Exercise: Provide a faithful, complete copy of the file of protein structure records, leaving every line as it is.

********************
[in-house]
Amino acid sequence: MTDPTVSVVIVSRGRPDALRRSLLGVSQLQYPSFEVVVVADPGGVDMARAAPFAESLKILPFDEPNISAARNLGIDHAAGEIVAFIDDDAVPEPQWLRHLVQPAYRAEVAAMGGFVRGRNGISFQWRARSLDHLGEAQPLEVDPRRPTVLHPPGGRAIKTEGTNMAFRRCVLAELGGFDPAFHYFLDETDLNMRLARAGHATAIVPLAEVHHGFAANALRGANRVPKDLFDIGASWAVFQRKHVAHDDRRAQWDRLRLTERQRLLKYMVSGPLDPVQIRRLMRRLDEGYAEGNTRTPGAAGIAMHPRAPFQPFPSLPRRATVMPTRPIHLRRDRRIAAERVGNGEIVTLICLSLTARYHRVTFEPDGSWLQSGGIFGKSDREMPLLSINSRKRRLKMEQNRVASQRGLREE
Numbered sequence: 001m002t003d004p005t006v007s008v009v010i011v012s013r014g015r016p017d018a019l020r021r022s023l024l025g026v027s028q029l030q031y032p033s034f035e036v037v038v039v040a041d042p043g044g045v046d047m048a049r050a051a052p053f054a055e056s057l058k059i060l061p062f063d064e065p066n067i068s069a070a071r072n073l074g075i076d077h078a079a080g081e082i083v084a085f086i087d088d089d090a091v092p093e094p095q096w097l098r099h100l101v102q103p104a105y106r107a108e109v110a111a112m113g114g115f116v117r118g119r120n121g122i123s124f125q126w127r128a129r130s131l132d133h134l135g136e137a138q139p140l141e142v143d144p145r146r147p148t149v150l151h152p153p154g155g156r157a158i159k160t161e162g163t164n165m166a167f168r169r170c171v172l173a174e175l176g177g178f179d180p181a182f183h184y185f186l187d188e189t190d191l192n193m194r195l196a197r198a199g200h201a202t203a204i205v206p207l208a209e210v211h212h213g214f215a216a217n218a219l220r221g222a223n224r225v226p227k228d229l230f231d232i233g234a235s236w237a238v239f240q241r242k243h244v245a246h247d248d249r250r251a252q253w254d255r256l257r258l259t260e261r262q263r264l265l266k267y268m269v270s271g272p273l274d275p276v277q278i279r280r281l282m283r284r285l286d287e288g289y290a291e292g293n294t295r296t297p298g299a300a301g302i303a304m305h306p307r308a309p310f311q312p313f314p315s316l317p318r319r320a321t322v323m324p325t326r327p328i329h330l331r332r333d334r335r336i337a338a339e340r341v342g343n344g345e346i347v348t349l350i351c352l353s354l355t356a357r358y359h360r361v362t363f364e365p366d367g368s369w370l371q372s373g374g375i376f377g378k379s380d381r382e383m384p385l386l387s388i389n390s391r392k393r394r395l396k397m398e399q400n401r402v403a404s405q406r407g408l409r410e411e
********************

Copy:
[in-house]
Amino acid sequence: MTDPTVSVVIVSRGRPDALRRSLLGVSQLQYPSFEVVVVADPGGVDMARAAPFAESLKILPFDEPNISAARNLGIDHAAGEIVAFIDDDAVPEPQWLRHLVQPAYRAEVAAMGGFVRGRNGISFQWRARSLDHLGEAQPLEVDPRRPTVLHPPGGRAIKTEGTNMAFRRCVLAELGGFDPAFHYFLDETDLNMRLARAGHATAIVPLAEVHHGFAANALRGANRVPKDLFDIGASWAVFQRKHVAHDDRRAQWDRLRLTERQRLLKYMVSGPLDPVQIRRLMRRLDEGYAEGNTRTPGAAGIAMHPRAPFQPFPSLPRRATVMPTRPIHLRRDRRIAAERVGNGEIVTLICLSLTARYHRVTFEPDGSWLQSGGIFGKSDREMPLLSINSRKRRLKMEQNRVASQRGLREE
Numbered sequence: 001m002t003d004p005t006v007s008v009v010i011v012s013r014g015r016p017d018a019l020r021r022s023l024l025g026v027s028q029l030q031y032p033s034f035e036v037v038v039v040a041d042p043g044g045v046d047m048a049r050a051a052p053f054a055e056s057l058k059i060l061p062f063d064e065p066n067i068s069a070a071r072n073l074g075i076d077h078a079a080g081e082i083v084a085f086i087d088d089d090a091v092p093e094p095q096w097l098r099h100l101v102q103p104a105y106r107a108e109v110a111a112m113g114g115f116v117r118g119r120n121g122i123s124f125q126w127r128a129r130s131l132d133h134l135g136e137a138q139p140l141e142v143d144p145r146r147p148t149v150l151h152p153p154g155g156r157a158i159k160t161e162g163t164n165m166a167f168r169r170c171v172l173a174e175l176g177g178f179d180p181a182f183h184y185f186l187d188e189t190d191l192n193m194r195l196a197r198a199g200h201a202t203a204i205v206p207l208a209e210v211h212h213g214f215a216a217n218a219l220r221g222a223n224r225v226p227k228d229l230f231d232i233g234a235s236w237a238v239f240q241r242k243h244v245a246h247d248d249r250r251a252q253w254d255r256l257r258l259t260e261r262q263r264l265l266k267y268m269v270s271g272p273l274d275p276v277q278i279r280r281l282m283r284r285l286d287e288g289y290a291e292g293n294t295r296t297p298g299a300a301g302i303a304m305h306p307r308a309p310f311q312p313f314p315s316l317p318r319r320a321t322v323m324p325t326r327p328i329h330l331r332r333d334r335r336i337a338a339e340r341v342g343n344g345e346i347v348t349l350i351c352l353s354l355t356a357r358y359h360r361v362t363f364e365p366d367g368s369w370l371q372s373g374g375i376f377g378k379s380d381r382e383m384p385l386l387s388i389n390s391r392k393r394r395l396k397m398e399q400n401r402v403a404s405q406r407g408l409r410e411e